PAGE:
Kremer: JT West Basketball Enjoys Modiest Surge
Watch: Joliet West senior guard Ryan Modiest put on a shooting clinic in the Tigers' recent victory over Sandburg. He made five 3-pointers and scored 19 points.
While it is true the Joliet West boys basketball team is lacking in overall size and does not have a dominant big man, it also is true the Tigers’ 6-foot-7 Andre Hardy has had his moments and continues to make progress.
And it is true Joliet West makes up for what it lacks in some areas with excellent coaching and team chemistry. The Tigers are a mature team featuring four-year starter Morris Dunnigan. He has grown up under the watchful eye of coach Luke Yaklich.
Three-year regular Brandon McCullum is as good a defensive-stopper as there is around. Carl Terrell and Tim Smith have come to understand their roles and chip in wherever and whenever is necessary. Sometimes that means scoring. More often, it means passing the ball and/or hitting the boards.
Then, there is Ryan Modiest, a 5-foot-10 senior guard who brings an added dimension to the Tigers’ offense. I watched him shoot Sandburg out of its 2-3 zone in Joliet West’s recent 59-41 victory over the Eagles.
He made four 3-pointers in the first quarter and five in the game en route to a career-high 19-point scoring explosion. He would have had a sixth 3-pointer except he had one foot on the line when he went up for a 19-footer that capped a 6-0 scoring run at the end of the third quarter for the Tigers.
Modiest can be a difference-maker for Joliet West (11-5) as it prepares to face Lockport on Friday night, then enters the regular season’s stretch run and girds for postseason play. I can picture him helping the Tigers roar in the Thornton Sectional even though the field will be stacked with a number of heavyweights, the list topped by Marian Catholic, Bloom Township, Homewood-Flossmoor, Crete-Monee and Andrew.
Sure, all eyes will be on Marian Catholic’s terrific point guard, Tyler Ulis, and Andrew’s powerful Jubril Adekoya. And, sure, if you blink, you might miss Modiest. That would be a mistake.
He has hit on about 40 percent of his 3-pointers and learned to make the most of his opportunities. And, with Dunnigan drawing the lion’s share of attention from Joliet West’s opponents, there will be more opportunities.
Modiest is the kind of player that can create March Madness. A cast of characters that recognize the value of a shooter surrounds him. When he is hot, Modiest can put the team on his back, carry the Tigers to the Promised Land.
“Our guys are really smart,” Yaklich said. “Our seniors have a really high basketball IQ. They understand each other and they are great at finding the guy with the hot hand. They trust Ryan (Modiest), and Ryan knows the ball is coming to him.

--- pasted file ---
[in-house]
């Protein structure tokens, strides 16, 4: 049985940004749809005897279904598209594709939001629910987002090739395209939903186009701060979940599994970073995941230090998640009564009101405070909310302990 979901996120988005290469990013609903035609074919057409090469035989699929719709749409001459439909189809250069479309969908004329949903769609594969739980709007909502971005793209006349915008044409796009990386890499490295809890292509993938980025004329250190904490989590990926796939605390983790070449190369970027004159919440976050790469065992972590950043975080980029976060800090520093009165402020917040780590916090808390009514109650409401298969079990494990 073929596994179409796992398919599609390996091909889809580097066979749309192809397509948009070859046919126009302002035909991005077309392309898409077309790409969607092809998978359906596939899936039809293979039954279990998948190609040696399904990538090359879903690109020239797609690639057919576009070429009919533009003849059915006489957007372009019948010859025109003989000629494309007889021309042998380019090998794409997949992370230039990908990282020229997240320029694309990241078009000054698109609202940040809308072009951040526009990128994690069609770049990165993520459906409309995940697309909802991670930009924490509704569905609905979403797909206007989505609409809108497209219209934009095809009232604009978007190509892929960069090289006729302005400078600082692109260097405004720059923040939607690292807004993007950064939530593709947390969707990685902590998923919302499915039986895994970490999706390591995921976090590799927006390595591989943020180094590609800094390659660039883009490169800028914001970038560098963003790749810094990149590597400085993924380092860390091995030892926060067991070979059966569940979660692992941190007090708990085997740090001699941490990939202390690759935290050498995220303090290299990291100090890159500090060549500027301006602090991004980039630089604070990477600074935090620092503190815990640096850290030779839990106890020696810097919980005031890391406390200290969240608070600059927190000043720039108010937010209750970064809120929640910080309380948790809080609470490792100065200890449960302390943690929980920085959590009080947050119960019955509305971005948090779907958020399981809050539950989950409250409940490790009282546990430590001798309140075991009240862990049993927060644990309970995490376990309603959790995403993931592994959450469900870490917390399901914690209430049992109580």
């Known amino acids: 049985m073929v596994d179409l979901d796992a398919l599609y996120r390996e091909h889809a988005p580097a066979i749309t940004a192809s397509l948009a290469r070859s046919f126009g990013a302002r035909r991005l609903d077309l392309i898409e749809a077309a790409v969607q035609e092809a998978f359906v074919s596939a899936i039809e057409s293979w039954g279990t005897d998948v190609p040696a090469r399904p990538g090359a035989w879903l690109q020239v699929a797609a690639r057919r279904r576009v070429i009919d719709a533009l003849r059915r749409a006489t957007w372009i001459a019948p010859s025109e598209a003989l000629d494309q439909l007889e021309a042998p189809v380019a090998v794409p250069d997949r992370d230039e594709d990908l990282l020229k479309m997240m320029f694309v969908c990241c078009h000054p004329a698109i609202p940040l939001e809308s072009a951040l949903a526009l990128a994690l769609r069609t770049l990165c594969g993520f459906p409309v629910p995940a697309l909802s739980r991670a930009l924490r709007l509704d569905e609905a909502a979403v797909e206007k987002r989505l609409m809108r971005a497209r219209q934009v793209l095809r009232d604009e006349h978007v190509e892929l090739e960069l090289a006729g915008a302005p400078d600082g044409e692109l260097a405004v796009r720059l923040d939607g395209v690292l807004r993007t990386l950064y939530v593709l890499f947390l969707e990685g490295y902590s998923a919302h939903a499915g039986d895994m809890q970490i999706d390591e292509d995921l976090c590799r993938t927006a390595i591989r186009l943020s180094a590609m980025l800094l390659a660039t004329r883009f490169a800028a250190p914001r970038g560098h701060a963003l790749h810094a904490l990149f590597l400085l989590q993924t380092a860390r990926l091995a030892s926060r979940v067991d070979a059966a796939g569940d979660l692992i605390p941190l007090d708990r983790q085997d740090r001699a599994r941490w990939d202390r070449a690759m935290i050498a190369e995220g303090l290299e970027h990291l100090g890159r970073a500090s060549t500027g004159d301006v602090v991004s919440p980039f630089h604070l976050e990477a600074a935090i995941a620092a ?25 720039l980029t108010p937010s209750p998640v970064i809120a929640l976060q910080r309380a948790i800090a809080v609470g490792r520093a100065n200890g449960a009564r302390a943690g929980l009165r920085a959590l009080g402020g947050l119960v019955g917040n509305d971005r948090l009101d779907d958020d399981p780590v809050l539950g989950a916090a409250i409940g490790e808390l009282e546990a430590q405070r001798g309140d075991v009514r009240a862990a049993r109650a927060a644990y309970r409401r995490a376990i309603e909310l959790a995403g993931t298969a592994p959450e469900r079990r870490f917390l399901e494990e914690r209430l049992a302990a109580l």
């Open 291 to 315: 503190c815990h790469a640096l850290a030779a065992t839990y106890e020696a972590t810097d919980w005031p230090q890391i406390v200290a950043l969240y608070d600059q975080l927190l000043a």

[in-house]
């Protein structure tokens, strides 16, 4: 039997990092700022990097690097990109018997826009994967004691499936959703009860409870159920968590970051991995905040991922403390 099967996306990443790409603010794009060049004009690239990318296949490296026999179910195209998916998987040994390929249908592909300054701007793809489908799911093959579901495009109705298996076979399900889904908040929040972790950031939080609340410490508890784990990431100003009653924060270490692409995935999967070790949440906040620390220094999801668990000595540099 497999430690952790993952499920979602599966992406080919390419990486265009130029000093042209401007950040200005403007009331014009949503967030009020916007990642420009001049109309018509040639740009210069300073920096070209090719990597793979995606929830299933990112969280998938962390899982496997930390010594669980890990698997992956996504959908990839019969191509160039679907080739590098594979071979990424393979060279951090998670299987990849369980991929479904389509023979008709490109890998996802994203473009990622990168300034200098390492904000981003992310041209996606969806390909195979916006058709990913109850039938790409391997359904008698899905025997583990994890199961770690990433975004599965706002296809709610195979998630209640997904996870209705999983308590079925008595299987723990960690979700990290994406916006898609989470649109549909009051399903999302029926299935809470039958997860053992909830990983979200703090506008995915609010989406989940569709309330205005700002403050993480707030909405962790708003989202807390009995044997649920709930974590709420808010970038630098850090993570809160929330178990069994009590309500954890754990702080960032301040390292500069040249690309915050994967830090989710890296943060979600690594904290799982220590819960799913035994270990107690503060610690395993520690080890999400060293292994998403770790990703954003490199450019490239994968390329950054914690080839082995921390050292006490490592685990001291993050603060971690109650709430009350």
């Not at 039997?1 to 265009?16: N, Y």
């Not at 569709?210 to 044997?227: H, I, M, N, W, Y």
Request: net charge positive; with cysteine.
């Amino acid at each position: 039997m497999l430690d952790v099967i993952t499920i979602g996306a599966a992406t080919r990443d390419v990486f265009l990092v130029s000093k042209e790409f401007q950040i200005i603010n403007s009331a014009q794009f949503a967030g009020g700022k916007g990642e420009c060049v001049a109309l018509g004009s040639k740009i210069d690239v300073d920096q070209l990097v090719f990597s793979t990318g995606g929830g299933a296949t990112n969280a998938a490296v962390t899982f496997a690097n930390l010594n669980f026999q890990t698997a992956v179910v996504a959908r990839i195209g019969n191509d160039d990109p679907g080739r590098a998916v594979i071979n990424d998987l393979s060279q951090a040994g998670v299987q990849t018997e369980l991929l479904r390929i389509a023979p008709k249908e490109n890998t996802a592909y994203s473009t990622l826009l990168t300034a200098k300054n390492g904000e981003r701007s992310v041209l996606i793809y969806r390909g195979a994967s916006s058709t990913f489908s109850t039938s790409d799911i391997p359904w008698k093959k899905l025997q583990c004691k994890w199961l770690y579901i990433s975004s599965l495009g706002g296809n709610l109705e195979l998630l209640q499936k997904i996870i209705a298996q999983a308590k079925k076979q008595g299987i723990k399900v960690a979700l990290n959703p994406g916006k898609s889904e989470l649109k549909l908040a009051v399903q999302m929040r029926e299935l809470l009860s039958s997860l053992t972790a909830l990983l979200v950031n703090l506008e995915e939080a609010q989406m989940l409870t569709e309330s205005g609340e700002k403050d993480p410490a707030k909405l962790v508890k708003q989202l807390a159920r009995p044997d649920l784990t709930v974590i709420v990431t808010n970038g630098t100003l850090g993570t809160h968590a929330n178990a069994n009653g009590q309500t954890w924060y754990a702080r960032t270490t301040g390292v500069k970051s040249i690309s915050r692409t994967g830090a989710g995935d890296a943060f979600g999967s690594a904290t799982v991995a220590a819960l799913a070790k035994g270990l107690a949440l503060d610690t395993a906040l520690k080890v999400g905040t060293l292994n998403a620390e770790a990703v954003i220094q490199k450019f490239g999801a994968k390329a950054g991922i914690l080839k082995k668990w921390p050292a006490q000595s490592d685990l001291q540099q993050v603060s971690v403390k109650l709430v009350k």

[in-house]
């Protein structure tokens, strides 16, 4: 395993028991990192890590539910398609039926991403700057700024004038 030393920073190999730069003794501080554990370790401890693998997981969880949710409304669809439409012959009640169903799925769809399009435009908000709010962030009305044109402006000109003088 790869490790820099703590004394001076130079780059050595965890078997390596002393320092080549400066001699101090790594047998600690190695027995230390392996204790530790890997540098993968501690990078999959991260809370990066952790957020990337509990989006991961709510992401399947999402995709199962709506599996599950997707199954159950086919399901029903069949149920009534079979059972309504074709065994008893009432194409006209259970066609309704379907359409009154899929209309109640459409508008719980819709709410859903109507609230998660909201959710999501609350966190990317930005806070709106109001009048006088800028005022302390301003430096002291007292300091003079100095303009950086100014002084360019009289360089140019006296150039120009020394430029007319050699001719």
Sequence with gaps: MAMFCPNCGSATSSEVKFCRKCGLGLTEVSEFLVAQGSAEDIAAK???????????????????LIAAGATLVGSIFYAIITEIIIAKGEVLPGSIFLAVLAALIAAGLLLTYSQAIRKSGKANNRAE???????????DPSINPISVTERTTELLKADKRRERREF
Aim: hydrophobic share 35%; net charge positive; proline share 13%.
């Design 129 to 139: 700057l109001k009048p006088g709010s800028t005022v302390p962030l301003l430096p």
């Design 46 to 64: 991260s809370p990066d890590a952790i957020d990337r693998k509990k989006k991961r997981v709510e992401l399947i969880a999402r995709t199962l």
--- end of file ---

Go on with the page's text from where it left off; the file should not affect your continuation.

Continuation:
“And the great thing about him is he is always ready to shoot the basketball and he knows when he is open. Those are two key things a shooter has to have.”
Yaklich first called Modiest up to the varsity ranks when he was a quiet sophomore. His game has changed—right along with his personality.
“I call him a bulldog,” Yaklich said. “He’s a kid—we brought him up as a sophomore—he fought and learned what he could and couldn’t do as a sophomore, had a nice season last year as a junior role player. And, this year, he’s a case in point of all of our guys.
“When you keep working and you keep allowing yourself to be coached and you keep pushing yourself, you keep getting to the weight room and doing all the little things necessary—Ryan’s put himself in position for a great a senior year and he’s a great student-athlete.”
Modiest camps himself on the perimeter and finds the holes in defenses rigged to stop Dunnigan, Joliet West’s leading scorer and most explosive player, but he is careful not to pull the trigger on a 3-ball until the defense parts. He is guided by a sixth sense, if you will.
“I just take them as I go,” he said. “I try not to force 3s—get us out of rhythm—but just shoot my shots.”
Like all shooters, he feeds off his makes. You can see his confidence grow when his eyes light up—it is almost as if he is telepathically calling for the ball. His recent breakout is the result of hard work and dedication.
“I learned from our previous players on the team, just seeing how they played and I tried to adjust my game, knowing I had to get bigger and stronger and match the intensity of varsity-level ball,” Modiest said. “I handle pressure better and I’m stronger.”
He speaks with a modest voice. He lets his shooting do most of his talking.